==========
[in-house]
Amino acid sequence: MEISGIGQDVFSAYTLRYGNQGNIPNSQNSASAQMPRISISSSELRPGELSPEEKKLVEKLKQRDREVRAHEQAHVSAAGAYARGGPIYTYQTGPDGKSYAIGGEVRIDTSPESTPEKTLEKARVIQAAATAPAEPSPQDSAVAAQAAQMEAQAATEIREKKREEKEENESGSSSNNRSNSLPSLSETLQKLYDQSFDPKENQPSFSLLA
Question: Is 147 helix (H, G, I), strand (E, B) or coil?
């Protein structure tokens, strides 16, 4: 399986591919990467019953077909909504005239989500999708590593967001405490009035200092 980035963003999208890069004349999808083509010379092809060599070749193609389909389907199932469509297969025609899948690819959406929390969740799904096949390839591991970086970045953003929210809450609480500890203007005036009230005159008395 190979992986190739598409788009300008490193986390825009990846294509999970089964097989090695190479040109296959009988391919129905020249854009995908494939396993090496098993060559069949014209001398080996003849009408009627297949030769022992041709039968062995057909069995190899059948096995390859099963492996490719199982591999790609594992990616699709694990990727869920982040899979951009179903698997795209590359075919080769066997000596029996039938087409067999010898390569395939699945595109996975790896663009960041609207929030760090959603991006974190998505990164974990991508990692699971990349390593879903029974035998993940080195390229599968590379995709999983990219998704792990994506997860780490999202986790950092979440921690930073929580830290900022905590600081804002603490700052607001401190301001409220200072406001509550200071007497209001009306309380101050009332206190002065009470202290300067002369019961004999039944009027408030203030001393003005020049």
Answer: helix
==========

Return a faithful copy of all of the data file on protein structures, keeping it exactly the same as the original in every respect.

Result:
[in-house]
Amino acid sequence: MEISGIGQDVFSAYTLRYGNQGNIPNSQNSASAQMPRISISSSELRPGELSPEEKKLVEKLKQRDREVRAHEQAHVSAAGAYARGGPIYTYQTGPDGKSYAIGGEVRIDTSPESTPEKTLEKARVIQAAATAPAEPSPQDSAVAAQAAQMEAQAATEIREKKREEKEENESGSSSNNRSNSLPSLSETLQKLYDQSFDPKENQPSFSLLA
Question: Is 147 helix (H, G, I), strand (E, B) or coil?
């Protein structure tokens, strides 16, 4: 399986591919990467019953077909909504005239989500999708590593967001405490009035200092 980035963003999208890069004349999808083509010379092809060599070749193609389909389907199932469509297969025609899948690819959406929390969740799904096949390839591991970086970045953003929210809450609480500890203007005036009230005159008395 190979992986190739598409788009300008490193986390825009990846294509999970089964097989090695190479040109296959009988391919129905020249854009995908494939396993090496098993060559069949014209001398080996003849009408009627297949030769022992041709039968062995057909069995190899059948096995390859099963492996490719199982591999790609594992990616699709694990990727869920982040899979951009179903698997795209590359075919080769066997000596029996039938087409067999010898390569395939699945595109996975790896663009960041609207929030760090959603991006974190998505990164974990991508990692699971990349390593879903029974035998993940080195390229599968590379995709999983990219998704792990994506997860780490999202986790950092979440921690930073929580830290900022905590600081804002603490700052607001401190301001409220200072406001509550200071007497209001009306309380101050009332206190002065009470202290300067002369019961004999039944009027408030203030001393003005020049």
Answer: helix